Wednesday, October 12, 2016 at 12:52PM
This morning, I came across the results of a survey conducted by the Fujiya Company, maker of Milky, a kind of milk-based taffy which the company has been selling for over sixty-five years.
According to Fujiya’s survey the most common ways that Japanese women without children call their husband are:
By their name with -kun added, 31%
By a nickname, 29%
By their name without -kun or -san added, 14%
Another 11% call their husbands “o-Tō-san” (father) or “Papa”
The remaining 15% call their husbands in other ways
Once children are born, things change considerably:
The most popular way by far to call one’s husband is “o-Tō-san” (father) or “Papa”, at 50%.
The next most common way is by their name with -kun added, 18%.
Another 9% call their husbands by their given name, but without -kun or -san.
14% call their man by a nickname.
And the remaining 9% call him in other ways.
I conducted a quick survey of my own on 16 first year students between the ages of 18 and 24. The results were as follows:
I have written in the past about the different ways Japanese men refer to their wives. I will try to write about how they call their wives in the coming days and post it below.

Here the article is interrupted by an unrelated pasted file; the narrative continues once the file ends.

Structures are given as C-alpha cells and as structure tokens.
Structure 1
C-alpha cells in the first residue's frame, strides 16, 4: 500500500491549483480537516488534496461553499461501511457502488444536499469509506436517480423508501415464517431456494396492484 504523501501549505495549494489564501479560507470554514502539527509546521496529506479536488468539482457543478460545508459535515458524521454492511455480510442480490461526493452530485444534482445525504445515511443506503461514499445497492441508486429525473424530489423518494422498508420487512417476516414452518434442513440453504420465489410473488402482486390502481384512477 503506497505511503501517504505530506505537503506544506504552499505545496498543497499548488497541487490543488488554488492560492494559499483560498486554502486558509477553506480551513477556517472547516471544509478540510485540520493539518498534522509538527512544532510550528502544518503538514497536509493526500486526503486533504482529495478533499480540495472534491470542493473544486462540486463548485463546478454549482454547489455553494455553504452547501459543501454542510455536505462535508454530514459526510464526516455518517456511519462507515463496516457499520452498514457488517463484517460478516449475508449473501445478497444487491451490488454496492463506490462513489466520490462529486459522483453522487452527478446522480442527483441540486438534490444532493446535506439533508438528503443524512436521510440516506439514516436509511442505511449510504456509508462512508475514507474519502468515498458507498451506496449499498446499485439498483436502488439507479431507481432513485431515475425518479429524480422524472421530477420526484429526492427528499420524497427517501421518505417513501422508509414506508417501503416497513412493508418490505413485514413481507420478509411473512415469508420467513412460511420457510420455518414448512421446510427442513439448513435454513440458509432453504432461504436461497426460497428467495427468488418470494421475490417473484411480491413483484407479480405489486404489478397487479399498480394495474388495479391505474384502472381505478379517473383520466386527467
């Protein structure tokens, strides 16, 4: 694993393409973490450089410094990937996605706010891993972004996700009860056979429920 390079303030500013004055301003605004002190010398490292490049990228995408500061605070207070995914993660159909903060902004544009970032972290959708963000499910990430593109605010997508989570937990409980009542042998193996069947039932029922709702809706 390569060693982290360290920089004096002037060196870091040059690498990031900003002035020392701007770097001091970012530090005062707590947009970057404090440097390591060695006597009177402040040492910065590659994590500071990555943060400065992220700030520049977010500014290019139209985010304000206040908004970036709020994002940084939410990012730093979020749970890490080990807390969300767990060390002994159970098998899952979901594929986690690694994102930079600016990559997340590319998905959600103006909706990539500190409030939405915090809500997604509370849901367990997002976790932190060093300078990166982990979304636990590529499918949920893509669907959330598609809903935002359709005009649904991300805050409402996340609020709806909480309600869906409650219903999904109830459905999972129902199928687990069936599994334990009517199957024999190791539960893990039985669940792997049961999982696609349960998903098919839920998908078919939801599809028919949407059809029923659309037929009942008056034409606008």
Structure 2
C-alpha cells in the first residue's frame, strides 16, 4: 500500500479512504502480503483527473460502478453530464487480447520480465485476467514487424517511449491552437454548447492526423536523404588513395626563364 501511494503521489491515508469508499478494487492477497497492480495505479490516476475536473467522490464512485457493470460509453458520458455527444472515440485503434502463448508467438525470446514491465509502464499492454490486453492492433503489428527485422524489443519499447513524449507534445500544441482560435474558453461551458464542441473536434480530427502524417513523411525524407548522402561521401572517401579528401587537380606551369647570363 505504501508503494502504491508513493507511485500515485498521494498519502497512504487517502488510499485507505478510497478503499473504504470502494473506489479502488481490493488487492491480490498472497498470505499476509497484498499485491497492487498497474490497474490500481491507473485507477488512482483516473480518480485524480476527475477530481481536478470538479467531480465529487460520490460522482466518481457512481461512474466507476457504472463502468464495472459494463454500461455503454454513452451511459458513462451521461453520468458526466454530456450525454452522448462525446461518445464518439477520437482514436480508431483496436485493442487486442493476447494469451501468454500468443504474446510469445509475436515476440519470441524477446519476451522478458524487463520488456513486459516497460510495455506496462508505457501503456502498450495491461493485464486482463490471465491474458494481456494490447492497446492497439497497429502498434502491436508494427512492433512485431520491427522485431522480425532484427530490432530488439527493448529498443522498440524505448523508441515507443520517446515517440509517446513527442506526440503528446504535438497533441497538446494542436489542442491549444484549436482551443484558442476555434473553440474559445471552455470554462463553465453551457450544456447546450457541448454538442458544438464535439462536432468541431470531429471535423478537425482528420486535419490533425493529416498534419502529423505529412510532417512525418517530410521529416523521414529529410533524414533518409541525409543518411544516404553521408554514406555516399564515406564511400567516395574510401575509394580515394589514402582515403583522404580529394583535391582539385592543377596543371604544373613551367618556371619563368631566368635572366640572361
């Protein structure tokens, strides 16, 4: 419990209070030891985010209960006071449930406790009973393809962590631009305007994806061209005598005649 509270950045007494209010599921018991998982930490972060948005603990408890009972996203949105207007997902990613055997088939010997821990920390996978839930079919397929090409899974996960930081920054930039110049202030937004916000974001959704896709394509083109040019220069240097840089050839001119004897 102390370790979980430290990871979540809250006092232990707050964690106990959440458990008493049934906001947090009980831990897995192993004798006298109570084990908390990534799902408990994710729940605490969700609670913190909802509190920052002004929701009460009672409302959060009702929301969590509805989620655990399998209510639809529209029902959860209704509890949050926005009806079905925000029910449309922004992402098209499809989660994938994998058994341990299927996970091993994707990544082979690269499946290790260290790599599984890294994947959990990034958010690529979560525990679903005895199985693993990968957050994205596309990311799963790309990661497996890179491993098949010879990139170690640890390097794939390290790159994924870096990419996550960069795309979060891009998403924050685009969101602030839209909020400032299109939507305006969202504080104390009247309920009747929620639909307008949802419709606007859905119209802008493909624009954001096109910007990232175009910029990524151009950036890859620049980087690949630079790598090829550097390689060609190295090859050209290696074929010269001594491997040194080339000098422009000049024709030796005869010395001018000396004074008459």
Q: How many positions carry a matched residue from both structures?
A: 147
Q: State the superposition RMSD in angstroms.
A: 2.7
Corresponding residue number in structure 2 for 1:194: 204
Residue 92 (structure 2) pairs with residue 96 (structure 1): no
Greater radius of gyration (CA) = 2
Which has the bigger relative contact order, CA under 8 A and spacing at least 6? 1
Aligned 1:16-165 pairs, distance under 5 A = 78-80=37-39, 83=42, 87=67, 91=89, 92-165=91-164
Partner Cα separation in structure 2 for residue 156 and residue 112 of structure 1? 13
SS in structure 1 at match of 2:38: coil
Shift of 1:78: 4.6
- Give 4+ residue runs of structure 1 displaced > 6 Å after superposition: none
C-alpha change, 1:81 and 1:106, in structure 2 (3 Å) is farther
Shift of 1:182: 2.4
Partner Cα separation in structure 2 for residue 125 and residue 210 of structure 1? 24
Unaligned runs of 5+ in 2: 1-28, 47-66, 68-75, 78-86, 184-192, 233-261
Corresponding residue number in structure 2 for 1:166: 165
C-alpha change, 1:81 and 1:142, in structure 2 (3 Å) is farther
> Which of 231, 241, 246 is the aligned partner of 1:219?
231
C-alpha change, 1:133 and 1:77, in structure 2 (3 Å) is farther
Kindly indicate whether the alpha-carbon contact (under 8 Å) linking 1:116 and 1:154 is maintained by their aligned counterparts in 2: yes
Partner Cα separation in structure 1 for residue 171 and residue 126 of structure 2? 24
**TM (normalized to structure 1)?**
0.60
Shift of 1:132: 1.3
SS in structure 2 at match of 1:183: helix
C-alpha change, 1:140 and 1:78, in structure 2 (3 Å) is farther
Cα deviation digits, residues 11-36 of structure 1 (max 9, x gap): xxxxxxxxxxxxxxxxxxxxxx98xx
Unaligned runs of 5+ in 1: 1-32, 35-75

Now, how do men call their wives in Japan?
If they haven’t got kids, 46% call their wife by her first name.
19% by her name plus -chan.
Another 19% by her nickname.
6% of “men” call their wife o-kā-san or mama (Ew)
10% in another way.
When children come into the picture, things change as we saw above.
39% now call their wife o-kā-san or mama
22% by her first name alone
13% by her name plus -chan
9% by a nickname
17% in another way
One reason for the change is that once a child is born, everyone’s role in the family shifts, from wife to mother, from father to grandfather, and so on. People are often called by a name reflecting their relationship to the child. This is especially true the first or an older child is a boy. He will be called o-nī-chan or o-nī-san even by his parents. A wife will call her husband o-tō-san or papa, her own parents o-bā-chan (Grandma) and o-jī-chan (Grandpa).
Although we use our first names in our family—my younger son seldom if ever calls his brother o-nī-chan (“big brother”)—my wife now calls her own mother Grandma.
Cosmetics maker Pola looked into this phenomenon and its unexpected, and perhaps unwanted, consequences.